Review: ‘No Strings Attached’

Jan. 28, 2011, 12:38 a.m.

Review: 'No Strings Attached'
Courtesy of Paramount Pictures

No Strings Attached,” Natalie Portman’s follow-up to critical success “Black Swan,” is Hollywood’s most recent effort to make the romantic comedy original and interesting again. Although the film, the latest from director Ivan Reitman, stumbles with some clichés and a few cases of terrible dialogue, its clever one-liners and unique, hilarious supporting cast make it a strong effort and certainly a welcome break from the January movie doldrums.

The film revolves around Emma Kurtzman (Natalie Portman), a relationship-phobic doctor, and Adam Franklin (Ashton Kutcher), a carefree production assistant who dreams of becoming a screenwriter. After brief flashbacks to their run-ins at summer camp and college frat parties, the movie jumps to their mid-20s, when they meet again and attempt to form a casual, commitment-free relationship. Despite the movie’s title, it is clear from the beginning of the film that there is more to the pair’s relationship than sex, and that the “no strings attached” relationship could never actually last with them. Instead, the movie charts how their connection eventually turns into a real relationship, albeit with several bumps along the way.

As far as romantic comedies go, “No Strings Attached” is a breath of fresh air after a year of clichéd duds like “Killers” and “Valentine’s Day.” True, the movie does contain the classic, tired “run to tell that special someone you love them before it’s too late!” scene, and, despite its title, is a movie about an actual romantic relationship, not a strictly sexual one. Its set-up certainly does not break any boundaries. Still, the movie breaks free of typical romantic comedy barriers with a script that’s actually funny, open discussion of topics that used to be taboo territory in movies (Adam making Emma a “period playlist” that contains songs like “Bleeding Love” by Leona Lewis and “Sunday Bloody Sunday” by U2 comes to mind) and strong acting, mainly by the supporting cast.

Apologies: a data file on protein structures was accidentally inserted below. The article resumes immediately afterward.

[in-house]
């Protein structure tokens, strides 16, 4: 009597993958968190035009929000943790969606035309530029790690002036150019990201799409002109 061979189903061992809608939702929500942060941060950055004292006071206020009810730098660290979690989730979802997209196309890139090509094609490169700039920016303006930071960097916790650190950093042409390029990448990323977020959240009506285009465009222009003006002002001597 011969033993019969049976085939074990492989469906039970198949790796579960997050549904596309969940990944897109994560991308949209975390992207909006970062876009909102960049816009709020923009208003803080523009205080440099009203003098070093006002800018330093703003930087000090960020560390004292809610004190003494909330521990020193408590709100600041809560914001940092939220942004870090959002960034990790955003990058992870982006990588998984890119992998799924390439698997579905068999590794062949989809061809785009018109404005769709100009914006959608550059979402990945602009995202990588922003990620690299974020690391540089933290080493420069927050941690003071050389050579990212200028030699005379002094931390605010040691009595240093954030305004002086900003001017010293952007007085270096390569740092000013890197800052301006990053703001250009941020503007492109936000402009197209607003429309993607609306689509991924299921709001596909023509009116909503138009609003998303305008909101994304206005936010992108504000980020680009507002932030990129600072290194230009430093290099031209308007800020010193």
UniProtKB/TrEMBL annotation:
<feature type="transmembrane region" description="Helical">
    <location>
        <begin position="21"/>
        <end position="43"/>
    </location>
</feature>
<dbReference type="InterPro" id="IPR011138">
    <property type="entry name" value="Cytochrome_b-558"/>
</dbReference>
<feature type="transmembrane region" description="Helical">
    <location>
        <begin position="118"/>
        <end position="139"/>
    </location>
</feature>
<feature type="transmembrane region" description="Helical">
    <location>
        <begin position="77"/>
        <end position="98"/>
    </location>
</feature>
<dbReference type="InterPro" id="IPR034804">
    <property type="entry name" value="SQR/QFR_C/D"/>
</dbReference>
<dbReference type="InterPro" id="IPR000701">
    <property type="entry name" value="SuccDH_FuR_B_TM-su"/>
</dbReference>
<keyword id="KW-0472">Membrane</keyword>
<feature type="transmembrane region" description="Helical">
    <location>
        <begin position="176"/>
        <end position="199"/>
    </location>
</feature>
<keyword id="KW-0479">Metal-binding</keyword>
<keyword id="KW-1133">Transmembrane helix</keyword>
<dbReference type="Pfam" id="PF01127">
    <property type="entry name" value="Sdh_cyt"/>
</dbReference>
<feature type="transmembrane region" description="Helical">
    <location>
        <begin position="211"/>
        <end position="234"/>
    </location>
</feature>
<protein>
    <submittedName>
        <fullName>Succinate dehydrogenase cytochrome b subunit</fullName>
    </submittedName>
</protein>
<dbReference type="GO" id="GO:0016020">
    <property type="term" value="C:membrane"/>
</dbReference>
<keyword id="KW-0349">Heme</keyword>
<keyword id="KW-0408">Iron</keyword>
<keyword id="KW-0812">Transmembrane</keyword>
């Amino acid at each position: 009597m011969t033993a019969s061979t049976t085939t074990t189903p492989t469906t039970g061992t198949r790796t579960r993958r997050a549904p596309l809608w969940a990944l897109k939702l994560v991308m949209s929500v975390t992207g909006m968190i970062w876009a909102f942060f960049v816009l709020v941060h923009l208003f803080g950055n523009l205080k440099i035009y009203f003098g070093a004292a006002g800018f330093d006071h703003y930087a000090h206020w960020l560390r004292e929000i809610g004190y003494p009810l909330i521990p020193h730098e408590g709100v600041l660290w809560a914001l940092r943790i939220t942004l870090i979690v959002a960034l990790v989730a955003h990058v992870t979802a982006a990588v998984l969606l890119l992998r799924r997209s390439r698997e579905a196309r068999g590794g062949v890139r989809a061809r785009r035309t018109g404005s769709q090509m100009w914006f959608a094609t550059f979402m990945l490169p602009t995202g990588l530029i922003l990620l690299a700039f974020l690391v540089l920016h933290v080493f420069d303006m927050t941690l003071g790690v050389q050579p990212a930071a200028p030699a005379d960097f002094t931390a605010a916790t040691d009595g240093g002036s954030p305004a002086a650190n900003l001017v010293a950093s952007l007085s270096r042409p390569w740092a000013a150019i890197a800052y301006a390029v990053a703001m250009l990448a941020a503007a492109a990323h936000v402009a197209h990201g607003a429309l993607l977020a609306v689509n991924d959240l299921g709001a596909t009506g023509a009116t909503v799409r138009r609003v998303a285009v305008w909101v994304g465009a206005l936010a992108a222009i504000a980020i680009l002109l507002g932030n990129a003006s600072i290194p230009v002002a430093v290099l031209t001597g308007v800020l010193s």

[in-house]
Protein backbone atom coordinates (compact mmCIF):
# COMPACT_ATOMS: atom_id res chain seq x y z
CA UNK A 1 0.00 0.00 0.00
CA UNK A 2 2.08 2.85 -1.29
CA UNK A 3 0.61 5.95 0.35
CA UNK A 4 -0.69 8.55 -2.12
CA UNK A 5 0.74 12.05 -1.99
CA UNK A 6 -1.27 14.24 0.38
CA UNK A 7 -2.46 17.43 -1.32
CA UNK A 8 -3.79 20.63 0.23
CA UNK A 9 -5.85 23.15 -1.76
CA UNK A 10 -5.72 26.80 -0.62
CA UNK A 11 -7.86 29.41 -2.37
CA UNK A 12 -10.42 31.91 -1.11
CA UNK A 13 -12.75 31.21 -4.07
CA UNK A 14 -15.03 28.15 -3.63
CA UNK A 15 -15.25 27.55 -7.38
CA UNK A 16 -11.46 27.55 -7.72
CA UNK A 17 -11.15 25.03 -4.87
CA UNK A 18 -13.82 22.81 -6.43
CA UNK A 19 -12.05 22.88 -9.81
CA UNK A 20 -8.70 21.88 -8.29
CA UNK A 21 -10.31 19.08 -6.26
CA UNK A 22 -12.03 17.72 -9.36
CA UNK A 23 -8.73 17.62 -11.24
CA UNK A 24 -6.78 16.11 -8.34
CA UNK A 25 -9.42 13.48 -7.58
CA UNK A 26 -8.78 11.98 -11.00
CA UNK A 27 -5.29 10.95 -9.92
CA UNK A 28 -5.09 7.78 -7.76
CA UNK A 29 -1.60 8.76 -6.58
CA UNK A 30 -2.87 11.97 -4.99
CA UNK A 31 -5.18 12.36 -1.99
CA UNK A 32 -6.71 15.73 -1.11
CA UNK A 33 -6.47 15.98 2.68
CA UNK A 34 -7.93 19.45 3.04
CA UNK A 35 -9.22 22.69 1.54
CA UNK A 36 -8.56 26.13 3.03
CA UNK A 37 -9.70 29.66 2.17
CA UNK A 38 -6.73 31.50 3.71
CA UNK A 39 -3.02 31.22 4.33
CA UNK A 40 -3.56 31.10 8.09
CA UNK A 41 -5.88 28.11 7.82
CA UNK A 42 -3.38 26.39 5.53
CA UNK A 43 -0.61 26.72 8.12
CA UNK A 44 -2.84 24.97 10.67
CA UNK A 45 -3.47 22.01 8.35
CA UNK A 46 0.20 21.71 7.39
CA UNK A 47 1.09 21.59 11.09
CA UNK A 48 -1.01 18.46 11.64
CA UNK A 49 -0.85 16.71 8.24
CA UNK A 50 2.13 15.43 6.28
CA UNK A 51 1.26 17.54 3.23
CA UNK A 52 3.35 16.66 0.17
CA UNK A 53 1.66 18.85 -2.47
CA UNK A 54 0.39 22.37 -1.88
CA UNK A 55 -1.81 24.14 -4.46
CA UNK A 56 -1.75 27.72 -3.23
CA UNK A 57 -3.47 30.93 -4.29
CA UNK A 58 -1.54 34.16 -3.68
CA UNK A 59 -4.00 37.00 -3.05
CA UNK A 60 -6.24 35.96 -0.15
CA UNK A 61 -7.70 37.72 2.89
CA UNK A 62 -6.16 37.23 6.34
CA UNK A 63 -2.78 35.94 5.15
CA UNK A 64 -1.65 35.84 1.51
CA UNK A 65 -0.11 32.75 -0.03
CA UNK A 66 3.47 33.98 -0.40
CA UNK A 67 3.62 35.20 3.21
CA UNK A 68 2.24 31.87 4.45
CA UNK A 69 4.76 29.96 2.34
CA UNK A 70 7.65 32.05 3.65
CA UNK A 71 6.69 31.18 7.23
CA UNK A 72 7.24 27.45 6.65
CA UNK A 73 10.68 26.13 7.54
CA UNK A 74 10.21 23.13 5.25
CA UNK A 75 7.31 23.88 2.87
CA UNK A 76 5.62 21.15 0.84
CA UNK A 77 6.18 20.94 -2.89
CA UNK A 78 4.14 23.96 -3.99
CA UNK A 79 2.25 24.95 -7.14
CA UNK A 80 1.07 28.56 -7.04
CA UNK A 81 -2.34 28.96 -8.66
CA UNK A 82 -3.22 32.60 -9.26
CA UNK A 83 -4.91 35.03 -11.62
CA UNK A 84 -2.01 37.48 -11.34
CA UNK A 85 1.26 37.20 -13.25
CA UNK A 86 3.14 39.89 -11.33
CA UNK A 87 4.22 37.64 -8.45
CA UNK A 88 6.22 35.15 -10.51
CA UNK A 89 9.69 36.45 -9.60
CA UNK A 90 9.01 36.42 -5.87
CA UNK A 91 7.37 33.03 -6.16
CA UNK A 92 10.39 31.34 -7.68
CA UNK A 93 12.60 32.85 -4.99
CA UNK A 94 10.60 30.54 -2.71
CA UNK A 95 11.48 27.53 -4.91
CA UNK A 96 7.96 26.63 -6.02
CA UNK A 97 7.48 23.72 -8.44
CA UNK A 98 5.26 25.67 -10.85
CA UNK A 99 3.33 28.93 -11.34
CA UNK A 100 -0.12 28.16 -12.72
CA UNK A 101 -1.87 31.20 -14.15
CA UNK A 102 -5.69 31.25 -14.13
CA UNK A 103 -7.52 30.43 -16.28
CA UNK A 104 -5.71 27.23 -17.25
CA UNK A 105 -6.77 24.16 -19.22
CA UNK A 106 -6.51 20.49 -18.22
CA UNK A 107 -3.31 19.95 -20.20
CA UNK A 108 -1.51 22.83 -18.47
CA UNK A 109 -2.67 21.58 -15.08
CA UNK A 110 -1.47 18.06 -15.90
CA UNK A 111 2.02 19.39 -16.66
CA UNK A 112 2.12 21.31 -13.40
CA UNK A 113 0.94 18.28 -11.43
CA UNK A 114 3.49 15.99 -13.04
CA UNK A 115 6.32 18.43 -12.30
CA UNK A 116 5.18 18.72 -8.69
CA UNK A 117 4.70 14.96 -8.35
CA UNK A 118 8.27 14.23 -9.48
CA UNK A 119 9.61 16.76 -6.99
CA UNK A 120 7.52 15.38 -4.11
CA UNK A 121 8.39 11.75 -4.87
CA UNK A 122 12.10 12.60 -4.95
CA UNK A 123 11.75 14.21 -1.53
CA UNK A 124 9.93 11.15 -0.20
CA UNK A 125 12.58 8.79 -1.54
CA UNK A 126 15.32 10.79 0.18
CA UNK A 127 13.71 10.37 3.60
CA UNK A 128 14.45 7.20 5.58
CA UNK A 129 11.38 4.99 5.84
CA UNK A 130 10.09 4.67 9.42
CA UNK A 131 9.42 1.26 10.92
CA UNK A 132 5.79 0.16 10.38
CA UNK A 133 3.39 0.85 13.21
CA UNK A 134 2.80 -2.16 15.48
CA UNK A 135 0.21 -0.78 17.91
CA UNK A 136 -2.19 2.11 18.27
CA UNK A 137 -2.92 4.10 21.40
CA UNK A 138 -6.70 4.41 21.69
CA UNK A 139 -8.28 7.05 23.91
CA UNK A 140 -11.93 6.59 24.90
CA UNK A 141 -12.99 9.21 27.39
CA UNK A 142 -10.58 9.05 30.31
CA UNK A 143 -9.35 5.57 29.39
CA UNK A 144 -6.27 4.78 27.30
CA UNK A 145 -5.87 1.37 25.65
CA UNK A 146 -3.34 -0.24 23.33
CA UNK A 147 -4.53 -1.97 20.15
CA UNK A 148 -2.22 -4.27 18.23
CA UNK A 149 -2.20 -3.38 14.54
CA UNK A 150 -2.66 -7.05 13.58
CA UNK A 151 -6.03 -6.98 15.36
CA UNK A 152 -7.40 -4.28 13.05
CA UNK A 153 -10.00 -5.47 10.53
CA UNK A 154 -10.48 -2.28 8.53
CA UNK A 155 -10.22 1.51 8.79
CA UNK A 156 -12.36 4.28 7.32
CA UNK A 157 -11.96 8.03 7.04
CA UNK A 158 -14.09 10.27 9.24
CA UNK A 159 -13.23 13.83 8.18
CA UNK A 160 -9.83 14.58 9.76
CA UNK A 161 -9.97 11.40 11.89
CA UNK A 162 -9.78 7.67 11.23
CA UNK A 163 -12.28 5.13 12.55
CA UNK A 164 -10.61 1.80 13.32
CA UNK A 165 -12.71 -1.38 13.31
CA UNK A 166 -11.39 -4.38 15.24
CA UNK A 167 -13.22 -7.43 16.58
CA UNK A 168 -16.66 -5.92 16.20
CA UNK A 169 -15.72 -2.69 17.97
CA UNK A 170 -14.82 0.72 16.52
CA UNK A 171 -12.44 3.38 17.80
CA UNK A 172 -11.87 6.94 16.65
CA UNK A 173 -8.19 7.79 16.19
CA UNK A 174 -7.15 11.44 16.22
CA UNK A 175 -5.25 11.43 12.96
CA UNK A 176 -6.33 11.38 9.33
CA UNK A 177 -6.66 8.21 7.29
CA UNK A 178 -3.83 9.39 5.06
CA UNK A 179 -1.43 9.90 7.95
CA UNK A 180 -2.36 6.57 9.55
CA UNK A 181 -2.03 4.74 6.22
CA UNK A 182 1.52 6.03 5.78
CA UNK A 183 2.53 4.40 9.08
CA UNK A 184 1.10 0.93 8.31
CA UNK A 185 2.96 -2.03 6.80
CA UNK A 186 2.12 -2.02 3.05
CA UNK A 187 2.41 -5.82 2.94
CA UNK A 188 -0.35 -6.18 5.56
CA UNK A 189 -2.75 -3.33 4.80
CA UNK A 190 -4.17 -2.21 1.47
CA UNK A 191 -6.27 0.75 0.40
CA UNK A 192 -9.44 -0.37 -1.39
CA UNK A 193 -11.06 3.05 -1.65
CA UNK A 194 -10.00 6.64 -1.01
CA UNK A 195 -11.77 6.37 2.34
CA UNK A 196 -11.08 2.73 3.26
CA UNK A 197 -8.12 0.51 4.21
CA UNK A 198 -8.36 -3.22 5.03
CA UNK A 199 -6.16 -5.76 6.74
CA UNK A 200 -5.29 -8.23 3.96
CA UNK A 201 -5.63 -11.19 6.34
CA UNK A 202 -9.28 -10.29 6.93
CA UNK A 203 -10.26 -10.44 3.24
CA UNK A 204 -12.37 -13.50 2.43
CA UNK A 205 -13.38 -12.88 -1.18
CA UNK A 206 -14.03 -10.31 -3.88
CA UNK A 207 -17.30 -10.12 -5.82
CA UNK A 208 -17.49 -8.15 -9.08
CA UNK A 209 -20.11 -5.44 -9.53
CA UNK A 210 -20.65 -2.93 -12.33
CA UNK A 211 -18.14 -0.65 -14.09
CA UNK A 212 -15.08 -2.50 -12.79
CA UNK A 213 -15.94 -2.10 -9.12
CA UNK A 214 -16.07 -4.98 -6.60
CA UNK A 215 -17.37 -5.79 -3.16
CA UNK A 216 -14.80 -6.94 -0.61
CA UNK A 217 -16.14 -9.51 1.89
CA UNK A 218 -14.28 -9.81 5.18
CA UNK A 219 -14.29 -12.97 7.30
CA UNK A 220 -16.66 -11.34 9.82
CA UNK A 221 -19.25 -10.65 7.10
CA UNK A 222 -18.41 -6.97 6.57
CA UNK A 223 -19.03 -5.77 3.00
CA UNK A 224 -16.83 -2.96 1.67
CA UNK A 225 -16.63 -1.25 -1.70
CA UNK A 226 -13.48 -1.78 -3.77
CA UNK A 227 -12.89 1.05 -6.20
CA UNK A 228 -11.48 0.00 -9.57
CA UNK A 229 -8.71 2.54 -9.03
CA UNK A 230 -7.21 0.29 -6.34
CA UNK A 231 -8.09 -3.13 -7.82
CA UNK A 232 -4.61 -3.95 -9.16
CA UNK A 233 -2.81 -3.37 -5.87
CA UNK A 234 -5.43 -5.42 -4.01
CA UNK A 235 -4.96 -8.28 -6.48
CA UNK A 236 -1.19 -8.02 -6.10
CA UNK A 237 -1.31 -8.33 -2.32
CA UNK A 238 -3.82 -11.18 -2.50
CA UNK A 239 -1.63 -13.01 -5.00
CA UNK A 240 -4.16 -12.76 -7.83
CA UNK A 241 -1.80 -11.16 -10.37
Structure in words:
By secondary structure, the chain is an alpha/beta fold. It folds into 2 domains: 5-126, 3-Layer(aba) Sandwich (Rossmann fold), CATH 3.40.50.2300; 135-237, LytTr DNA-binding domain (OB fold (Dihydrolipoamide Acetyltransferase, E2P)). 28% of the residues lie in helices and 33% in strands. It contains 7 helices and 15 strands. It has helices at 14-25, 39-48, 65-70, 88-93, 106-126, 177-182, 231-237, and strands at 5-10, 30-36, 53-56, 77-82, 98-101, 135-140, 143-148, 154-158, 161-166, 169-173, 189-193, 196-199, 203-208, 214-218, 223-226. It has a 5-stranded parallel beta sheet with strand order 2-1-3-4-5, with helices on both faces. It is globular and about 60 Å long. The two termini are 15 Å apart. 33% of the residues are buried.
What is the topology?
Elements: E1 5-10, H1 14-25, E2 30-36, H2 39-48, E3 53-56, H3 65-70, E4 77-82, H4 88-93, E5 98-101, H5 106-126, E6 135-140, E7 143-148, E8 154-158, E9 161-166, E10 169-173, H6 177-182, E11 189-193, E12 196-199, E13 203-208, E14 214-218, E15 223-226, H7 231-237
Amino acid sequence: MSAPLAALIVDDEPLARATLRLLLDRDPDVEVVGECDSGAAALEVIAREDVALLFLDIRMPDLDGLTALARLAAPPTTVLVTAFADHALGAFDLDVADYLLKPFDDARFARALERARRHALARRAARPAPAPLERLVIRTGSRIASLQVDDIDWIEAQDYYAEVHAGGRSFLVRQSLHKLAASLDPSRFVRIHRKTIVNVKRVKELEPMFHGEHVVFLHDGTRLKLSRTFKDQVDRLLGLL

Although star Natalie Portman’s role as a romantic lead is startlingly different from her recent dramatic turn in thriller “Black Swan,” she proves she can hold her own in a romantic comedy as well. She lends wit and humanity to a character that in other similar films would be played straight as a career-focused, ice-cold stereotype. Ashton Kutcher follows her lead well as a hapless, down-on-his-luck romantic. Although the role is certainly not a stretch for Kutcher, his acting is still funny, charming and a perfect fit for the film.

The supporting cast steals the show with the movie’s funniest lines and most awkward moments. Kevin Kline shines as Adam’s father Alvin Franklin, a wealthy, spoiled actor who struggles to fit in with the younger generation. Lake Bell is hilarious as Lucy, a gloriously awkward co-worker of Adam’s who finds increasingly strange ways to communicate her love for him. Mindy Kaling (best known as Kelly from TV’s “The Office”) is hilarious as Shira, one of Emma’s fellow doctor friends and roommates.

The movie’s script is, for the most part, fantastic, featuring biting one-liners and some priceless moments. Adam’s work at a TV studio (which is filming, incidentally, a “High School Musical”-type series, providing hilarity in itself) and his interactions with his fellow coworkers provide some of the funniest scenes in the film, only bested by Adam’s father Alvin, who begins dating Adam’s ex-girlfriend, Vanessa (Ophelia Lovibond). The ensuing interactions between the old actor and his young girlfriend are comedic gold, culminating with Alvin going to the hospital after getting high on cough syrup.

However, the movie suffers from a few terrible, sappy lines, mostly on the part of Adam. Fortunately, the funnier lines in the rest of the movie are more than enough to make up for the few bad ones.

“No Strings Attached,” though not perfect, is a refreshing break from typical romantic comedies and the bleak January movie season. Although it is certainly not the groundbreaking examination of modern relationships it might have hoped to be, its hilarious script and supporting cast make it well worth a watch.

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